We divided the questionnaire into seven sections: the first section of the questionnaire consisted of seven-question general/demographic information including district, gender, age, marital status, location, education level and sector of employment. In the second section we asked sixteen questions to assess local knowledge about bats, including basic bat taxonomy (i.e. are they the same as birds), whether populations of bats have been observed to be decreasing, if bats should be conserved, and if bats have negative vs. positive impacts on agriculture. In the third section twelve statements were added regarding environmental and public health effects of bats such as awareness regarding potential of bats to contaminate water, zoonotic diseases hosted by bats, bats impact on fruit damage, and efficacy of bat guano for fertilizer. The fourth section was about perception and attitudes towards bats. This part had seven statements including feeling tense around bats, friendliness towards bats, and whether killing of bats is a good thing. In the fifth section we asked four questions about perception and control of bats such as if bats should be shot, trees should be cut down to get rid of the bats, poisons should be used, or if these bats should be left alone. For each of these statements, four options were presented, e.g. strongly agree, agree, disagree strongly disagree, and don’t know. In the sixth section of the questionnaire we asked four questions about non-lethal methods adopted for control of bats to prevent fruit damage, e.g. light, net, sound, and noxious smell in which the respondents indicate whether they agree to disagree, don’t know. The last section of the questionnaire was about myths about bats, e.g. symbols of bad omen and cure of disease, and whether bats should be used as medicine with the option of agree, strongly agree, disagree, and don’t know.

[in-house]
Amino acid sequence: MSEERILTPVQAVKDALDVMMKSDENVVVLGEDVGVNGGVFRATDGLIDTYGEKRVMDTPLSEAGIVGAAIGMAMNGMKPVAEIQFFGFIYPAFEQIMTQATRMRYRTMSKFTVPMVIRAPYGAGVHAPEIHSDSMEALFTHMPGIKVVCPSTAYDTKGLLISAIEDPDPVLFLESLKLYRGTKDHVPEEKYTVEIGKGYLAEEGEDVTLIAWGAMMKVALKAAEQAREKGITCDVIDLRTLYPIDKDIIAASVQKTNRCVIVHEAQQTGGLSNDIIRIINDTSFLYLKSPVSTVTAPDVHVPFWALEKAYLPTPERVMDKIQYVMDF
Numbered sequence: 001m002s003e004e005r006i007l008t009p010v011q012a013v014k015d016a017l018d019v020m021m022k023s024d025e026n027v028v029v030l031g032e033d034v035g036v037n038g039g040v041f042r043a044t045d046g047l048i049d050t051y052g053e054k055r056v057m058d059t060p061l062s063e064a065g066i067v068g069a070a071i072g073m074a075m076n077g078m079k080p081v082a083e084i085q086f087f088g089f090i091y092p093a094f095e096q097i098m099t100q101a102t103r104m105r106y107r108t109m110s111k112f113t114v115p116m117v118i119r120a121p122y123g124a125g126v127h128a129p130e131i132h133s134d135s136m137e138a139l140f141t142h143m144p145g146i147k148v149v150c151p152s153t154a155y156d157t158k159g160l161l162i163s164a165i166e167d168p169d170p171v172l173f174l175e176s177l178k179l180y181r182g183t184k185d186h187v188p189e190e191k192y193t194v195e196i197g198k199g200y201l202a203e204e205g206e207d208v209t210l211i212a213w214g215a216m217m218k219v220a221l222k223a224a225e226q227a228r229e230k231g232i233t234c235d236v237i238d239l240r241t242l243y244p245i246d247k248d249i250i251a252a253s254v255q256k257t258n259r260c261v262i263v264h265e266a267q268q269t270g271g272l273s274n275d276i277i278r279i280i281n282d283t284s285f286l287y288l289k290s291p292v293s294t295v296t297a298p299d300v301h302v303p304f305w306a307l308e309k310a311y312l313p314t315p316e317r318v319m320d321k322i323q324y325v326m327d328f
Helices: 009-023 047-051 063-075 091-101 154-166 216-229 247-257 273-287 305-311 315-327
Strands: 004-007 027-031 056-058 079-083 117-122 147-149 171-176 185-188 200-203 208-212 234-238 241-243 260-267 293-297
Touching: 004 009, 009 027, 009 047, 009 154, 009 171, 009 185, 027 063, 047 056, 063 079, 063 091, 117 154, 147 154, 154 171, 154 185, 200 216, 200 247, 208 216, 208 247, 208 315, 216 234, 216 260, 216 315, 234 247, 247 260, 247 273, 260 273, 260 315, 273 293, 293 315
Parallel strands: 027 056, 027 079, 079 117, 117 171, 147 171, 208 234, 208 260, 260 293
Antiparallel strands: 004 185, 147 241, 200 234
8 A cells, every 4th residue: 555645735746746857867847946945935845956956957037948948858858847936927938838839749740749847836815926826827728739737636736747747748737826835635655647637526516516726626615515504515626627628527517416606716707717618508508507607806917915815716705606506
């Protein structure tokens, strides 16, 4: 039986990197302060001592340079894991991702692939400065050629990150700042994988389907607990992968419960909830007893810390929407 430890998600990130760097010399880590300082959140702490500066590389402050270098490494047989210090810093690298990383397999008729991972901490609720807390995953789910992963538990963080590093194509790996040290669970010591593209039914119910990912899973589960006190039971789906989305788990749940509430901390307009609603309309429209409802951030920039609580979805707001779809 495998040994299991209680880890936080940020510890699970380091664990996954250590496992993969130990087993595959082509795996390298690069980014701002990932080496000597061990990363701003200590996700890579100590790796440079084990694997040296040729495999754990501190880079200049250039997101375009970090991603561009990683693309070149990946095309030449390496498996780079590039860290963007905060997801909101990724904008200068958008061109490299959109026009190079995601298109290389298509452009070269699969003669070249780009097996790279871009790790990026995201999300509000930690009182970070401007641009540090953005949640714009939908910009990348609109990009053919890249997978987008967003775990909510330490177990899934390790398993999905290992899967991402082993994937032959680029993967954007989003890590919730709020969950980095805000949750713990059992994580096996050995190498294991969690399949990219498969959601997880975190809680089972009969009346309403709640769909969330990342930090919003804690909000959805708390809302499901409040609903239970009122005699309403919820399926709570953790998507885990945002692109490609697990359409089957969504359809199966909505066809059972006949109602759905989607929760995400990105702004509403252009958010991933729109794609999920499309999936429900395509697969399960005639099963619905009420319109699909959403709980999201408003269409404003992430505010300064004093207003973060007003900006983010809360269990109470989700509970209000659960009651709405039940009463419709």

Data collection

This study was conducted from February to June 2019. Total 200 (100 per district) questionnaires were circulated among the people including the owners of the orchard, tenants, contractors, labor working in orchards and the local people around the orchards. A team of two peoples (one Pashtun and one Punjabi) with good knowledge of the local language and area were recruited to administer the surveys. Data were collected by face-to-face interviews from randomly selected participants. Each participant was briefed about the purpose of this survey and its goal of understanding bats-human interactions in the study area.

Statistical analysis

Data were analyzed by SPSS version 25 to generate summary statistics and run chi square test to indicate significant difference (p-value < 0.05) among different responses of each question/variable.

Results

Demographic information

A total of 200 respondents were included in this survey. Regarding the demographic information, a total of 7 questions were covered (Fig. 1). All respondents (n = 200) were Muslims and belonged to Malakand and Sheikhupura (n = 100; 50% of each region). The number of male respondents (n = 148; 74%) was higher than that of the female respondents (n = 52; 26%). Among different age groups, respondents of 31–40 years of age group (n = 87; 43.5%) were highest, followed by the age groups of the 21–30 year-olds (n = 84; 42%), 41–50 year-olds (n = 22; 11%), and others (n = 7; 3.5%). Most of the respondents were married (n = 137; 68.5%), while 31.5% (n = 63) were single. Among the locations, the number of urban respondents (n = 136; 68%) was higher than that of the rural respondents (n = 64; 32%). Most of the respondents had primary level of education (n = 106; 53%), whereas, 30.5% (n = 61) were of the secondary level, and 16.5% (n = 33) were of the university level. Among different sectors, the number of respondents was highest in the sector of fruit orchard owners (n = 103; 51.5%), followed by the labourers working in the orchard sector (n = 54; 27%), and the local people (n = 43; 21.5%).

Fig. 1
figure 1